Rising real estate prices are forcing middle-class Canadians to reevaluate their dreams of homeownership. A rural to urban migration pattern has caused an acute housing shortage in Canadian cities like Vancouver and Toronto. The influx of people causes rent to skyrocket and limits the renter’s ability to save for private property. To help alleviate this alarming trend and create opportunities for its middle-class citizens, Canada is developing drastic measures in the form of the following land and tax incentives.

Free Land

A model submitted by the group Creative Housing Society proposes that cities provide developers with free land in exchange for the construction of a housing complex upon it. The complex must be affordable, meaning that residents would spend no more than 30% of their household income on housing costs prior to taxes, and maintained perpetually. Ideally, they would accommodate citizens earning between $40,000 and $100,000 annually. The proposal is under consideration, but it remains unclear as to whether property developers would be able to meet the excessive demand— 50,000 affordable rental units over a span of ten years.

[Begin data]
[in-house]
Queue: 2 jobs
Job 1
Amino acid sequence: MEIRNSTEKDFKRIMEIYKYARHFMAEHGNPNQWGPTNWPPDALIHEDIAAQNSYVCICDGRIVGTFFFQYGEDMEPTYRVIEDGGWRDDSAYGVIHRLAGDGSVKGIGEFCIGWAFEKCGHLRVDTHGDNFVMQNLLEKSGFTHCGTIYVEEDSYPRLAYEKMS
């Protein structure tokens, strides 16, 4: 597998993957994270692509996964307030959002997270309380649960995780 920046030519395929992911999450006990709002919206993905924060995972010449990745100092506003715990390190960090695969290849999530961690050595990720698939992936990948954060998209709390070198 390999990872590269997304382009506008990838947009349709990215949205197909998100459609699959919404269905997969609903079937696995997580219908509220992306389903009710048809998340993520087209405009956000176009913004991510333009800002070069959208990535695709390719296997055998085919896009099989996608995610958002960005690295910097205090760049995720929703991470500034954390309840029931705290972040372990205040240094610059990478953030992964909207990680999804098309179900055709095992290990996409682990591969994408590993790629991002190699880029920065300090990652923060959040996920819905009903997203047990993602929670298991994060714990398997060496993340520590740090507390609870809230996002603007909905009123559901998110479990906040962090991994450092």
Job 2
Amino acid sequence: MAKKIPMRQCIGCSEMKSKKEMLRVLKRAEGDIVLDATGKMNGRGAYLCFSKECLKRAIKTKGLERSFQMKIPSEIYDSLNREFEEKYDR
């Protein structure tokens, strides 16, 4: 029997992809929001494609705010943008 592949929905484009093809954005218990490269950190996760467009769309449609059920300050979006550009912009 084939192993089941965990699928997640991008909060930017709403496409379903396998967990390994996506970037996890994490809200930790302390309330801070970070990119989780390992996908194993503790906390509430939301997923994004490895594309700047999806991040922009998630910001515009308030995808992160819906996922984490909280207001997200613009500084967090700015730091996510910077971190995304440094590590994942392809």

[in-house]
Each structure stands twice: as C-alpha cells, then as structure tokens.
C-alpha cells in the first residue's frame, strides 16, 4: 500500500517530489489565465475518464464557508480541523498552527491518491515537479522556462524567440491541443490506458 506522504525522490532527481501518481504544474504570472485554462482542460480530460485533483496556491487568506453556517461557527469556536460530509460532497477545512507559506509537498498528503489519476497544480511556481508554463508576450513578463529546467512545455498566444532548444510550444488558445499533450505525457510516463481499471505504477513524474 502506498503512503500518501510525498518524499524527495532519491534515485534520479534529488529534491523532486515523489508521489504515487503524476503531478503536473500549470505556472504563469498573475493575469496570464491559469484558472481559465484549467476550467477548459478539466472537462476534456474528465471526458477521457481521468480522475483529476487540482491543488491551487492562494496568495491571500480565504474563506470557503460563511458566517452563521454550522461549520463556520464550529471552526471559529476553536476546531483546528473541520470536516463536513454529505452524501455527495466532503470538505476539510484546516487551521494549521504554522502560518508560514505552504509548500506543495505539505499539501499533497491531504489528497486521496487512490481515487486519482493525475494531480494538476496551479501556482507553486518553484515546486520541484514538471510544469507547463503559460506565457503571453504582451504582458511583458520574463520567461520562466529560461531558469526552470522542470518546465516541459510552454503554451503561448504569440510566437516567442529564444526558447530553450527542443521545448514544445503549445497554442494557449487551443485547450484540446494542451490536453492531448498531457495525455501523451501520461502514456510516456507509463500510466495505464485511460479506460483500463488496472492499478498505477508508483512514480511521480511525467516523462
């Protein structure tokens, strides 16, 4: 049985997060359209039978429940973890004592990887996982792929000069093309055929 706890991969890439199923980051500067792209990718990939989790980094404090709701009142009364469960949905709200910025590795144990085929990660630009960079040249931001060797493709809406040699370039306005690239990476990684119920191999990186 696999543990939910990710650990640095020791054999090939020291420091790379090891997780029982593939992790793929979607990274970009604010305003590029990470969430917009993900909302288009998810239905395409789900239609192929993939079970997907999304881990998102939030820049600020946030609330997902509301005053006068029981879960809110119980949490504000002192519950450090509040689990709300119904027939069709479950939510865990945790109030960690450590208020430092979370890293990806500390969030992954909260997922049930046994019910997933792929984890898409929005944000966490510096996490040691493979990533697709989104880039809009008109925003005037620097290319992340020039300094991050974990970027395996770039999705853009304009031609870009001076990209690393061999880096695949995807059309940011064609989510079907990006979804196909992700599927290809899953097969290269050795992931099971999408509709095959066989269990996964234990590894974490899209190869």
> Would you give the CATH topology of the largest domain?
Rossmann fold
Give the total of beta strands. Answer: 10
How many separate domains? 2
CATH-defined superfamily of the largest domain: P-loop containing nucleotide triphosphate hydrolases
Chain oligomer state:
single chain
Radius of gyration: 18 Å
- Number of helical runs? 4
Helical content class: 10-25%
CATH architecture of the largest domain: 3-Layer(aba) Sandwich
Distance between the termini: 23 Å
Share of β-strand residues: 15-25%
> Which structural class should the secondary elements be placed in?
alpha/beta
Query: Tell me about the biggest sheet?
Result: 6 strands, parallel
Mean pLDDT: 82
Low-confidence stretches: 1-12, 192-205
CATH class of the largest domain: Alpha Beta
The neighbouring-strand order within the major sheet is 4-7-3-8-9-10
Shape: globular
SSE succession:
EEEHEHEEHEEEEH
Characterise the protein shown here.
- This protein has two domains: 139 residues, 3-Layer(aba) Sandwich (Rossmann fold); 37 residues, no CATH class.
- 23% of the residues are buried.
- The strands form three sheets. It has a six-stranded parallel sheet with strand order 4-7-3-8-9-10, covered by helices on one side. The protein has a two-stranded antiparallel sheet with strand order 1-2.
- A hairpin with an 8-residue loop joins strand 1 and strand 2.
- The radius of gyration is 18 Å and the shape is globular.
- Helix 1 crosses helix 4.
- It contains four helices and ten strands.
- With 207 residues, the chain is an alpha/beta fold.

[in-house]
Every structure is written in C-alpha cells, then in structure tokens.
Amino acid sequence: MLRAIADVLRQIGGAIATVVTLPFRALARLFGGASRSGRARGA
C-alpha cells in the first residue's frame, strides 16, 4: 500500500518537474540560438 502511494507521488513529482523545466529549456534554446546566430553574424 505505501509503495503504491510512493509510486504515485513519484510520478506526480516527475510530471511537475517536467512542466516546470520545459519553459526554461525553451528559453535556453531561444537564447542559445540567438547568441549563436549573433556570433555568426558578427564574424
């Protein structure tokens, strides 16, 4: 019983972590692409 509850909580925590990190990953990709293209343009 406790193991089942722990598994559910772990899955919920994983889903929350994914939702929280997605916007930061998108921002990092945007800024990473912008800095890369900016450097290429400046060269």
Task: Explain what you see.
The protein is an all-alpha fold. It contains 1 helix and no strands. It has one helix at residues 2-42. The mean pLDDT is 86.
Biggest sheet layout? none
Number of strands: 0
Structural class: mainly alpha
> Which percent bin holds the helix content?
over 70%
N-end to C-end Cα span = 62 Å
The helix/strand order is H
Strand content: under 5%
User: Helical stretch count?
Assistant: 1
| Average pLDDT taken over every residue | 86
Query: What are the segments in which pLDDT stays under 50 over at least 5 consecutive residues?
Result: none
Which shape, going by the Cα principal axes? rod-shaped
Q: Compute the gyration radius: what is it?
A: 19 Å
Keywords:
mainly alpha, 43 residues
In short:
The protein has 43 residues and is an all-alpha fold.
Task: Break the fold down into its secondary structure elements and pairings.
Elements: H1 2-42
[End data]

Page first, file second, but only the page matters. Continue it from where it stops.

Interest Rates

The Creative Housing Society also seeks to address rising interest rates. Working with the Canadian Mortgage and Housing Corporation, the group hopes to garner a deal that would freeze interest rates on mortgages at the current lending rate. The freeze would last approximately 10 years and would be primarily funded by private institutional lenders.

Reduced Taxes

To counter the increasing demand of houses, the Canadian government has developed multiple tax measures, which will ensure that middle-class individuals are in a position to acquire their own home within a short period, and reduce the increasing demand of new housing units in the country. Most materials required for new construction are now tax-free, significantly lowering market prices for both individual buyers and real estate agents.

The three strategies are still under implementation but are expected to relieve the current pressure crippling the middle-class as long as they are executed in an efficient and timely manner. Some officials have expressed concern over the size and scope of the current shortage.

“You need to add a significant amount of housing to even behind to respond to the demand and we’re so far behind in this area that it’s really hard to catch up,” says Creative Housing Chief Executive Officer Jessica Keesmaat.

The plan proposed by the Creative Housing Society is not the first to attempt to address this issue. Others have exhibited little to no success.